Take Your Swings

It’s not about how many times you strike out. It’s about how many times you step up to the plate.

March 21, 2013

On April 13, 1954, two rookie baseball players made their first major-league appearances. One played for the Milwaukee Braves, while the other one was on the Cincinnati Reds’ roster. Incidentally, these two teams were facing each other that day.

In his debut, the Reds’ player achieved a record, hitting a remarkable five doubles to help his team beat the Braves 9-8. The rookie for Milwaukee made five separate appearances to bat during the game and never did reach base. Going 0-for-5 was not an auspicious way for the Braves rookie to start his career in Major League Baseball.

So who are these two players? The rookie for the Reds who had the five doubles and helped his team win the game was Jim Greengrass. Have you ever heard of him? Probably not. Although he started off with a bang during his first two seasons, Greengrass had to leave baseball due to the onset of an illness that produced internal blood clots.

The other ballplayer who had a disappointing first day? Well, he went on to do amazing things — including setting the career home run record. Even if you’re not a baseball fan, you may have heard of him: Henry “Hank” Aaron.

But let’s say Aaron’s manager had taken him aside after that game and told him he wasn’t cut out to be a professional baseball player? If he’d had his ability judged on that single performance, someone else would hold the home run record today.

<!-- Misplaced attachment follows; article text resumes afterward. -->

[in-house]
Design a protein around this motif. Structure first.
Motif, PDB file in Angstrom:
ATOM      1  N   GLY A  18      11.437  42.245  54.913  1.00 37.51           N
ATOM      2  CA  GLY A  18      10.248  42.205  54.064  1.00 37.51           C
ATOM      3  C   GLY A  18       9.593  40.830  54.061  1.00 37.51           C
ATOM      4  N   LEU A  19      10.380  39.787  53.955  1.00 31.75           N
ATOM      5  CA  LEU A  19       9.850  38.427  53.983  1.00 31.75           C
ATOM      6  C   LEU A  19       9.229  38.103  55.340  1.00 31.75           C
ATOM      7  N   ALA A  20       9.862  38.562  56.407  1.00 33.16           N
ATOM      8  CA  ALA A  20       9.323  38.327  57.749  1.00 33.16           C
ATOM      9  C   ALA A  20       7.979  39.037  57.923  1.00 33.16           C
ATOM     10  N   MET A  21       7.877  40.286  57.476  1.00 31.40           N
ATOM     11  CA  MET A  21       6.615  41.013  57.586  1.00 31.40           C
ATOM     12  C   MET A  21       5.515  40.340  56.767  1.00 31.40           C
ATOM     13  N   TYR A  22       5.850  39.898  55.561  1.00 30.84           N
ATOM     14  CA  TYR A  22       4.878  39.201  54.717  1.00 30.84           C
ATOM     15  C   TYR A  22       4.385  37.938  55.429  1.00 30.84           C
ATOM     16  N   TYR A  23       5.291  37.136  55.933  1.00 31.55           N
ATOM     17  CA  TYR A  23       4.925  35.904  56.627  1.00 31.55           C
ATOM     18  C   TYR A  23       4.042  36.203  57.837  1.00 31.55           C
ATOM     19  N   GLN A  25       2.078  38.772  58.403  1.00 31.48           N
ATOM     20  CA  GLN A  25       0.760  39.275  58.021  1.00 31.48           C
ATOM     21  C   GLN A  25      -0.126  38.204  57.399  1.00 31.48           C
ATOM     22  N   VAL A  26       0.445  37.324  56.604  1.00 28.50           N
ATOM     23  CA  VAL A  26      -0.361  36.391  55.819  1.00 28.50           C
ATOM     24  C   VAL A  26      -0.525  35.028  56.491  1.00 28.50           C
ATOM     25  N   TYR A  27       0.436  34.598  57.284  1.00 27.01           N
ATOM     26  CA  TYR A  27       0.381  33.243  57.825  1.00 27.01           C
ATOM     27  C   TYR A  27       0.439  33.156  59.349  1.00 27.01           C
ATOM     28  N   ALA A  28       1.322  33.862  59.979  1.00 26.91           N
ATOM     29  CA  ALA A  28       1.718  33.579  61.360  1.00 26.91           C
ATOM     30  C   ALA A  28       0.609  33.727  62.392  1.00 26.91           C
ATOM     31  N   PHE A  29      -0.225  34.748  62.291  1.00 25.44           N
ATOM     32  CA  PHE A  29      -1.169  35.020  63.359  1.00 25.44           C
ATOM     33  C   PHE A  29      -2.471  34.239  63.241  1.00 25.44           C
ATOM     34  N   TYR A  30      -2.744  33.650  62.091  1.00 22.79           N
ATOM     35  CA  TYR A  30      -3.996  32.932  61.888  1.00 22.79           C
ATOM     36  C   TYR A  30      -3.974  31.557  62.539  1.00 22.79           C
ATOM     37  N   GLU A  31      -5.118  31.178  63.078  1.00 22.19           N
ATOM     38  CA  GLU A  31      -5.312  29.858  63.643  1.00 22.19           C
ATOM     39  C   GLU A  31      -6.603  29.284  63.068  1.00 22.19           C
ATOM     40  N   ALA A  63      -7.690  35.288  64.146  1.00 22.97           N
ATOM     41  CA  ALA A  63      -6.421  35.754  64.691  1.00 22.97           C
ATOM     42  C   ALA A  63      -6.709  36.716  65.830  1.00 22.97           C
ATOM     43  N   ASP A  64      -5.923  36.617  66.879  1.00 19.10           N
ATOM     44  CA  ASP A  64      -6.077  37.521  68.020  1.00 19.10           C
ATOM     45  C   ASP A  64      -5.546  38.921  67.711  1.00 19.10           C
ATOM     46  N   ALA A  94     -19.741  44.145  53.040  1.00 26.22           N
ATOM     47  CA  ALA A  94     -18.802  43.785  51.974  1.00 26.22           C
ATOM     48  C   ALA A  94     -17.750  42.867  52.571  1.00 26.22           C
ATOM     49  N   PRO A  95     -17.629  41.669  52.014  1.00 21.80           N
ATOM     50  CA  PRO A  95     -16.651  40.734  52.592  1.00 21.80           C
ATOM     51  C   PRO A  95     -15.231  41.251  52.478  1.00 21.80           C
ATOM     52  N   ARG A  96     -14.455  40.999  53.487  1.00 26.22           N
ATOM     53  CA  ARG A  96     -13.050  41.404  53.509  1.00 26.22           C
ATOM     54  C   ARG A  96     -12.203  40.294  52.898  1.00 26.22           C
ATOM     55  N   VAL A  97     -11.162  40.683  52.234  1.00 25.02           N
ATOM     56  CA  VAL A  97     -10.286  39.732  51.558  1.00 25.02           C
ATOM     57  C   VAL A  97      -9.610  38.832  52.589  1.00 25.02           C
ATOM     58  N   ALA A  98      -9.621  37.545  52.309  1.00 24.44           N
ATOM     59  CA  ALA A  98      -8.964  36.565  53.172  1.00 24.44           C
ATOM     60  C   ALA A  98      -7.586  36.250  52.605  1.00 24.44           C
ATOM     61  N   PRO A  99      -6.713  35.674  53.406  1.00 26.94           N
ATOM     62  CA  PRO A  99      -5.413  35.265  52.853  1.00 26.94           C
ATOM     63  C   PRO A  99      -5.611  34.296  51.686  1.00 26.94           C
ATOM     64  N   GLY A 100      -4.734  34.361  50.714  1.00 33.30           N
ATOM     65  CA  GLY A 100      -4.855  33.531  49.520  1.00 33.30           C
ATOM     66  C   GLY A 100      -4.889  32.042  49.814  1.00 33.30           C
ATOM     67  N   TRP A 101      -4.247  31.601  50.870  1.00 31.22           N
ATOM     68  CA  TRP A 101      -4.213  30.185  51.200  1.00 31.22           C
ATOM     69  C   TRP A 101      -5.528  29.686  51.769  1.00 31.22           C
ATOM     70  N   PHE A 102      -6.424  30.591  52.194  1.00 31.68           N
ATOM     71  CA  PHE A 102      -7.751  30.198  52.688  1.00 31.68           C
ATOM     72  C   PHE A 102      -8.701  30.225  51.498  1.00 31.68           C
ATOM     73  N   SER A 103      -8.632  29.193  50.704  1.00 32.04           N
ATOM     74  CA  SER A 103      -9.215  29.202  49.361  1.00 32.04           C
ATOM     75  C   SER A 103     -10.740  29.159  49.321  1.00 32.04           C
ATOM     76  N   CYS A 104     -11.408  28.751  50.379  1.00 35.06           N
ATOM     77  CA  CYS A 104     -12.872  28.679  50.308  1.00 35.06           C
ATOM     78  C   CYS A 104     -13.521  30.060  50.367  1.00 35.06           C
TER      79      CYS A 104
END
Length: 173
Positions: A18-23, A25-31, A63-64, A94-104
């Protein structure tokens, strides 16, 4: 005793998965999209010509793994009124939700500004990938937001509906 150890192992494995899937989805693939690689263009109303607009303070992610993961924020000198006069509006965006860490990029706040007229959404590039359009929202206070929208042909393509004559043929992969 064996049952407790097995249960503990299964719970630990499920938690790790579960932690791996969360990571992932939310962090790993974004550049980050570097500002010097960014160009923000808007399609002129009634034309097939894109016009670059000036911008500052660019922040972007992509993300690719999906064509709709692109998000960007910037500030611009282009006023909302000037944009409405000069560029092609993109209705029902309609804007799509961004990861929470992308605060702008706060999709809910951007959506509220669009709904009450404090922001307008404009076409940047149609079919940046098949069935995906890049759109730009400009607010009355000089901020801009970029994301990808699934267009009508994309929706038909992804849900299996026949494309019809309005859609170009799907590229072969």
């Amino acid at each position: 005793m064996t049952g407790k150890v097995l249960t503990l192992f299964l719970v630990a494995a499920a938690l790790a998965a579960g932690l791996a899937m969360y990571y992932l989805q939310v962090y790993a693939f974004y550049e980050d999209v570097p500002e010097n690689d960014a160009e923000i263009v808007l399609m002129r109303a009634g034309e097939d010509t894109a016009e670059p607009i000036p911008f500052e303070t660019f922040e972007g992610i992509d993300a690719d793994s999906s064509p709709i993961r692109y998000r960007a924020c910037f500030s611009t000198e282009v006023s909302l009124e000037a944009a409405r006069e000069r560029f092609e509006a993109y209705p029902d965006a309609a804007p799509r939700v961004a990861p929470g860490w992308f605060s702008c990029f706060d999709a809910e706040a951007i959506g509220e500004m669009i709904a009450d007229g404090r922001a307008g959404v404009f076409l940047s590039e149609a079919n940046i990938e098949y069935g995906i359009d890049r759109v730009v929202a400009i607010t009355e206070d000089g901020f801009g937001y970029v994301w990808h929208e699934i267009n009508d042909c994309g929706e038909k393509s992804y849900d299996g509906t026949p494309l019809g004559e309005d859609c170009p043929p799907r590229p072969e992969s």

Judging yourself on one certain event — or even a string of events — is never wise. Just like that ball game in 1954, it cannot and should not be an indicator of our future. Learn from your mistakes and analyze what you should do next time to avoid such problems. Always remind yourself to never quit or base your future abilities and opportunities on what has happened today.

The next time you have a bad day, tell yourself 0-for-5 is not that bad. In the long haul, it might just be a record-setting career for you!

“I don't want people to forget Babe Ruth. I just want them to remember Henry Aaron.” - Henry (Hank) Aaron

John D. Mayfield, ABR, CRB, e-PRO, GRI, is a sales coach, author, and broker/owner of Mayfield Real Estate in Farmington, Mo. You can contact Mayfield through his Web site, www.BusinessTechGuy.com.